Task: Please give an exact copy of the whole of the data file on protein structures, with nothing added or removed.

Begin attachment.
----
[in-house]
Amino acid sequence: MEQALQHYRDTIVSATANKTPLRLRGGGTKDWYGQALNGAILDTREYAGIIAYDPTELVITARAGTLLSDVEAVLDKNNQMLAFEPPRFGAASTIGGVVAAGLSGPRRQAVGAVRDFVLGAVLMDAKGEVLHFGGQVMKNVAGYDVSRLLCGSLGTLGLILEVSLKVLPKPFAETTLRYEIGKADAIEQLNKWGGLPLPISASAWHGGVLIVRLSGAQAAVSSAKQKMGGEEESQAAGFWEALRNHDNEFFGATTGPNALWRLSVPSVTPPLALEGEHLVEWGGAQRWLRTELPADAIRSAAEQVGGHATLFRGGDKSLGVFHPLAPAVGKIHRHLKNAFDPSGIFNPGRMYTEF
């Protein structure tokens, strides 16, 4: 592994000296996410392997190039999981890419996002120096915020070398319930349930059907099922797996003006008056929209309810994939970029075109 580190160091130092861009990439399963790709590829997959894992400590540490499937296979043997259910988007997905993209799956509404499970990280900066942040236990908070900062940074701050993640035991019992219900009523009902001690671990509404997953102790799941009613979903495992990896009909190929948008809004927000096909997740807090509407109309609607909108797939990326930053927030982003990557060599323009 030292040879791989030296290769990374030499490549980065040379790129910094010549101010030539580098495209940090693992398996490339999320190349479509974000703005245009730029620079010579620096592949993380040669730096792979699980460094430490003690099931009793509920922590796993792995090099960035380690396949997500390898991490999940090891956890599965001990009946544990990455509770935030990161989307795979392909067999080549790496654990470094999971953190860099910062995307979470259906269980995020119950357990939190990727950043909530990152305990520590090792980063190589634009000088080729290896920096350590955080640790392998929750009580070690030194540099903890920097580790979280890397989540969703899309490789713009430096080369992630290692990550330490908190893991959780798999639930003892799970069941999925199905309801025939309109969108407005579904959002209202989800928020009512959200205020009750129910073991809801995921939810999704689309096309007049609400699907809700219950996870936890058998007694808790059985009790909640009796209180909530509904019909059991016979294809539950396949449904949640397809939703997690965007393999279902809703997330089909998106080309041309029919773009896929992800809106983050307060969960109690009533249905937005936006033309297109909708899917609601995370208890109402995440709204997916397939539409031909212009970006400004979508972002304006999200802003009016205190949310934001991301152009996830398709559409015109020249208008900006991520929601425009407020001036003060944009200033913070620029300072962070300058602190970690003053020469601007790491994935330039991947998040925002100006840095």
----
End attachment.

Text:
[in-house]
Amino acid sequence: MEQALQHYRDTIVSATANKTPLRLRGGGTKDWYGQALNGAILDTREYAGIIAYDPTELVITARAGTLLSDVEAVLDKNNQMLAFEPPRFGAASTIGGVVAAGLSGPRRQAVGAVRDFVLGAVLMDAKGEVLHFGGQVMKNVAGYDVSRLLCGSLGTLGLILEVSLKVLPKPFAETTLRYEIGKADAIEQLNKWGGLPLPISASAWHGGVLIVRLSGAQAAVSSAKQKMGGEEESQAAGFWEALRNHDNEFFGATTGPNALWRLSVPSVTPPLALEGEHLVEWGGAQRWLRTELPADAIRSAAEQVGGHATLFRGGDKSLGVFHPLAPAVGKIHRHLKNAFDPSGIFNPGRMYTEF
């Protein structure tokens, strides 16, 4: 592994000296996410392997190039999981890419996002120096915020070398319930349930059907099922797996003006008056929209309810994939970029075109 580190160091130092861009990439399963790709590829997959894992400590540490499937296979043997259910988007997905993209799956509404499970990280900066942040236990908070900062940074701050993640035991019992219900009523009902001690671990509404997953102790799941009613979903495992990896009909190929948008809004927000096909997740807090509407109309609607909108797939990326930053927030982003990557060599323009 030292040879791989030296290769990374030499490549980065040379790129910094010549101010030539580098495209940090693992398996490339999320190349479509974000703005245009730029620079010579620096592949993380040669730096792979699980460094430490003690099931009793509920922590796993792995090099960035380690396949997500390898991490999940090891956890599965001990009946544990990455509770935030990161989307795979392909067999080549790496654990470094999971953190860099910062995307979470259906269980995020119950357990939190990727950043909530990152305990520590090792980063190589634009000088080729290896920096350590955080640790392998929750009580070690030194540099903890920097580790979280890397989540969703899309490789713009430096080369992630290692990550330490908190893991959780798999639930003892799970069941999925199905309801025939309109969108407005579904959002209202989800928020009512959200205020009750129910073991809801995921939810999704689309096309007049609400699907809700219950996870936890058998007694808790059985009790909640009796209180909530509904019909059991016979294809539950396949449904949640397809939703997690965007393999279902809703997330089909998106080309041309029919773009896929992800809106983050307060969960109690009533249905937005936006033309297109909708899917609601995370208890109402995440709204997916397939539409031909212009970006400004979508972002304006999200802003009016205190949310934001991301152009996830398709559409015109020249208008900006991520929601425009407020001036003060944009200033913070620029300072962070300058602190970690003053020469601007790491994935330039991947998040925002100006840095």